Another factor in good care is the availability of care when you need it. While the U.S. has low waiting times for elective or non-emergency procedures, it is harder for U.S. and Canadian adults to get same-day appointments with their doctors when sick than those in most other countries. Thirty percent of U.S. adults and 22 percent of Canadians said they could make same-day doctor's appointments, compared with 55 percent in Germany, for example. In the U.S. and Canada, along with Australia, two-thirds or more patients reported difficulty getting care on nights, weekends, or holidays.
Adults in the Netherlands were much less likely to have trouble seeing their doctors during off hours. The Netherlands and Denmark both have excellent "off hours" systems of care, with nurses or physicians staffing phone banks to provide assistance. In Denmark, the phone bank is staffed by physicians that field health calls from 4 p.m to 8 a.m. The doctors listen to patients, access patient's records on the Danish health information system, and write prescriptions delivered electronically to pharmacies. These doctors then e-mail patients' usual doctors about the transaction.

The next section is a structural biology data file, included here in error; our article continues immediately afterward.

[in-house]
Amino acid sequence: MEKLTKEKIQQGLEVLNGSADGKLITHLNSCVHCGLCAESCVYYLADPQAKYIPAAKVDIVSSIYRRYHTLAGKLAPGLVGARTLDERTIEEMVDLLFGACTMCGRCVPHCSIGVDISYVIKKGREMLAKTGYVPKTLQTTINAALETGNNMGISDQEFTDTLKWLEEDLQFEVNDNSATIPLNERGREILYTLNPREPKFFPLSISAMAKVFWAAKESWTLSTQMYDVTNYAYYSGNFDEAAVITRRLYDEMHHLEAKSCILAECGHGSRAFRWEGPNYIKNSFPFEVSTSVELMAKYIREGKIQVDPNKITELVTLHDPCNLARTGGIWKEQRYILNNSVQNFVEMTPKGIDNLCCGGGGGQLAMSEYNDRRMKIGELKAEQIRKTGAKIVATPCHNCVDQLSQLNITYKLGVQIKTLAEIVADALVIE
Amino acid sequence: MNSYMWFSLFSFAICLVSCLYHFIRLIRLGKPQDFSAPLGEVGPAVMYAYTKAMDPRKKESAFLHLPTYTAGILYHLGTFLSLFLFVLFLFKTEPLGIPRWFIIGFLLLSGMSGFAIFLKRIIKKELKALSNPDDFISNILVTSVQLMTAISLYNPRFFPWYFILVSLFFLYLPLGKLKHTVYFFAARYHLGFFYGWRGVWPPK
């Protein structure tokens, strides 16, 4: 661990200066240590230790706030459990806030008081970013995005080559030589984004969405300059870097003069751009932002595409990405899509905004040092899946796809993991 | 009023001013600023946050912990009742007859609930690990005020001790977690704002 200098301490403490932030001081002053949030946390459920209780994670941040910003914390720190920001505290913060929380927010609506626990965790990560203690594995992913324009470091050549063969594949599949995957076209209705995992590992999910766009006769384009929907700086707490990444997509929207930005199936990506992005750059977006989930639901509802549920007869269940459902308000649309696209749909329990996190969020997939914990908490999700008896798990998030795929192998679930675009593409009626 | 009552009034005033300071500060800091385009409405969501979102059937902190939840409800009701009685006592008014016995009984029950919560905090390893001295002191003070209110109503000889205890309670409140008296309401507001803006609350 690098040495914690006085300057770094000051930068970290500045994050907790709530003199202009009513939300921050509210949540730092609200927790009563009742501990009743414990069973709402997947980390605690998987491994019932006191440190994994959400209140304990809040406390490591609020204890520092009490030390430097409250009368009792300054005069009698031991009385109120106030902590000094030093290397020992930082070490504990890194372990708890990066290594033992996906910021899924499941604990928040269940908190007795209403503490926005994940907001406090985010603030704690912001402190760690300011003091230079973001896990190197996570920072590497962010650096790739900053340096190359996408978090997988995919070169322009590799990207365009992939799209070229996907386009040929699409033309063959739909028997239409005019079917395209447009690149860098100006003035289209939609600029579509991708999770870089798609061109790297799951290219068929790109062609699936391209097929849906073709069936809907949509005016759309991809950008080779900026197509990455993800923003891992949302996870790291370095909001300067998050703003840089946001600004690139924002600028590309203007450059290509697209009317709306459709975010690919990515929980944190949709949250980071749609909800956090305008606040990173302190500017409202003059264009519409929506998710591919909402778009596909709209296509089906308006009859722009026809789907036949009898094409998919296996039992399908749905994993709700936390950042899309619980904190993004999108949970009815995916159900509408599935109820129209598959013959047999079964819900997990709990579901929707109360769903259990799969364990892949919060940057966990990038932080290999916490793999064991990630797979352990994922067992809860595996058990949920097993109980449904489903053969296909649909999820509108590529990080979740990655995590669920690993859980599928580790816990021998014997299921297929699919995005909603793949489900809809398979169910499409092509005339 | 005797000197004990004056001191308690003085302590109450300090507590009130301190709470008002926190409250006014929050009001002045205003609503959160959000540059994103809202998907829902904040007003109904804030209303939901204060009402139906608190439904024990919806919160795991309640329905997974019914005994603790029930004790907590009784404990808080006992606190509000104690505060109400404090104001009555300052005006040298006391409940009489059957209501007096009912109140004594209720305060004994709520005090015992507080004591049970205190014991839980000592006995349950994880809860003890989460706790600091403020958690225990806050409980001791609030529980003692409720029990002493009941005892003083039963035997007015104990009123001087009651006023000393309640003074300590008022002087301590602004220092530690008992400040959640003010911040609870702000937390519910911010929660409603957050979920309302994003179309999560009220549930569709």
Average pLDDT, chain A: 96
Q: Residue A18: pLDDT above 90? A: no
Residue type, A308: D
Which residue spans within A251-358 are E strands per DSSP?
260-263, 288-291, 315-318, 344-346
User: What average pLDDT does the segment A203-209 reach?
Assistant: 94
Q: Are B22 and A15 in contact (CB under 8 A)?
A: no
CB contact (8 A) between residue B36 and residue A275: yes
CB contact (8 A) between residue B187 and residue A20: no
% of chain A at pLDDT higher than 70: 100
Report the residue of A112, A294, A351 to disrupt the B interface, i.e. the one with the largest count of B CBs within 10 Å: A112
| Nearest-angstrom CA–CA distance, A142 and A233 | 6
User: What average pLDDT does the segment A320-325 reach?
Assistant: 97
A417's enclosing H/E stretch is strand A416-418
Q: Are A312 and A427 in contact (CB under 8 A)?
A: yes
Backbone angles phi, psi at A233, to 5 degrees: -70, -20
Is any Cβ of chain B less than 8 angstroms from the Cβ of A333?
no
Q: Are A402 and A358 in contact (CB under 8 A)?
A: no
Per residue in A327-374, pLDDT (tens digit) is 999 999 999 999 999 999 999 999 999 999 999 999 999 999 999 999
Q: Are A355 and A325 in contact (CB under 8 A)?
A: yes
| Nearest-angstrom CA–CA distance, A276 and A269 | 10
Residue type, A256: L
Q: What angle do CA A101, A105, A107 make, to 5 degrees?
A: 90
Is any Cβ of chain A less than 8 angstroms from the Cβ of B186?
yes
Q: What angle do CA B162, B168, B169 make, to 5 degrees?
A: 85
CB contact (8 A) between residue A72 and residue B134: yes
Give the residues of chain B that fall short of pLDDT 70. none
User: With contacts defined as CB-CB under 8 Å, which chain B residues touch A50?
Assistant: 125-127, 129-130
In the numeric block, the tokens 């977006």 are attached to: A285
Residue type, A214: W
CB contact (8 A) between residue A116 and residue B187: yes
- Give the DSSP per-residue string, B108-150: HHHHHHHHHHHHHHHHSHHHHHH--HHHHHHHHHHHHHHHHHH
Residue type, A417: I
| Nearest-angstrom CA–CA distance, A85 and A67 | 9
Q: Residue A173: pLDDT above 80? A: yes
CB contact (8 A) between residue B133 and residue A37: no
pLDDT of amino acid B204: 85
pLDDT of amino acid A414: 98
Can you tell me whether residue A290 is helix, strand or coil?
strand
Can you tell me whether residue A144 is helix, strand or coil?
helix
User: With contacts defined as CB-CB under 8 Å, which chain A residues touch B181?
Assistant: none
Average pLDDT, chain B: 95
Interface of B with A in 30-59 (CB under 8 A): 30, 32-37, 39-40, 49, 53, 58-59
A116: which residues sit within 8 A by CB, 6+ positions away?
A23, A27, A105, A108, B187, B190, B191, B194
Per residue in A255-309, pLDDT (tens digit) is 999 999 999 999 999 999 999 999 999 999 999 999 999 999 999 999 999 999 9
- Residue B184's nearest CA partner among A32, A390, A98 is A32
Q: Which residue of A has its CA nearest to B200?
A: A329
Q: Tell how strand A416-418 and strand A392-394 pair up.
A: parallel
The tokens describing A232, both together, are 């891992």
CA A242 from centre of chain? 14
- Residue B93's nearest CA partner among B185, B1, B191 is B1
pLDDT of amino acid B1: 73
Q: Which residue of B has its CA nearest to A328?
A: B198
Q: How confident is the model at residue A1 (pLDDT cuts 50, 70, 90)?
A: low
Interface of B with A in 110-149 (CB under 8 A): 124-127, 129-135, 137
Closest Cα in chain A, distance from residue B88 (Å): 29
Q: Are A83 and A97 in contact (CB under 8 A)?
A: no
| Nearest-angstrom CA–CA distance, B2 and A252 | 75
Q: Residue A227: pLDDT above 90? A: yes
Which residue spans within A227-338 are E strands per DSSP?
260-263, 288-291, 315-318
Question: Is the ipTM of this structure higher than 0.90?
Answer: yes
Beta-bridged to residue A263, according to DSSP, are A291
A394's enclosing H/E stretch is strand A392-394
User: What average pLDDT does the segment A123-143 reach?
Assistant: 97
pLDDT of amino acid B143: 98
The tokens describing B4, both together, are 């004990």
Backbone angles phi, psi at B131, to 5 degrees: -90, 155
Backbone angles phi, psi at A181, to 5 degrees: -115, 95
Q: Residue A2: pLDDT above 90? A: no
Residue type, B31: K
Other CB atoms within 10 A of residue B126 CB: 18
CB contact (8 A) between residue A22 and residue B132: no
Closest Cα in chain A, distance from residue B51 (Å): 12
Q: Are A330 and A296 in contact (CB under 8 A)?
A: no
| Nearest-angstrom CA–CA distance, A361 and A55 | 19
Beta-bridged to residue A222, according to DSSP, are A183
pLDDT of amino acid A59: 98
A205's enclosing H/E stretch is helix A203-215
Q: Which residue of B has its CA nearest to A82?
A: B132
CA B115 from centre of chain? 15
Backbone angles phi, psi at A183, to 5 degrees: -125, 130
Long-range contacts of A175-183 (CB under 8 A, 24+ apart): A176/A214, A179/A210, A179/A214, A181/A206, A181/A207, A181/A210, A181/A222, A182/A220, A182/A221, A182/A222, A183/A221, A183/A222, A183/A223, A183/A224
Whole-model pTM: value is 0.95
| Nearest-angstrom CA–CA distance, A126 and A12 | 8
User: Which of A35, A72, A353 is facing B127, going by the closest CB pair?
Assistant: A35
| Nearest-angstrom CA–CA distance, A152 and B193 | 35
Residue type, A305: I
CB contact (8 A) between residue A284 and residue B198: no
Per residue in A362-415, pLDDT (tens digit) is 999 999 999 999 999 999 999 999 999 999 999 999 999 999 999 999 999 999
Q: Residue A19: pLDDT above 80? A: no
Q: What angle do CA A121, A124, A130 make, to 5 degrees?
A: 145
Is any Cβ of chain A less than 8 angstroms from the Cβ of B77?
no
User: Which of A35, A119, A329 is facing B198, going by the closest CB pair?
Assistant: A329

The survey also showed that having a regular place of care that provides accessible, coordinated care—known as a medical home—can improve wait times and limit emergency room use. In fact, the authors conclude that, no matter what kind of health system you have, medical homes will improve patient safety and satisfaction, as well as efficiency and care coordination. Yet, across countries, only 50 to 60 percent of adults have access to a medical home, suggesting that strengthening primary care is a shared challenge.
Rather than caricature the health systems in other nations, we should evaluate their strengths and shortcomings—and use that knowledge to create a high-performing health system in the United States.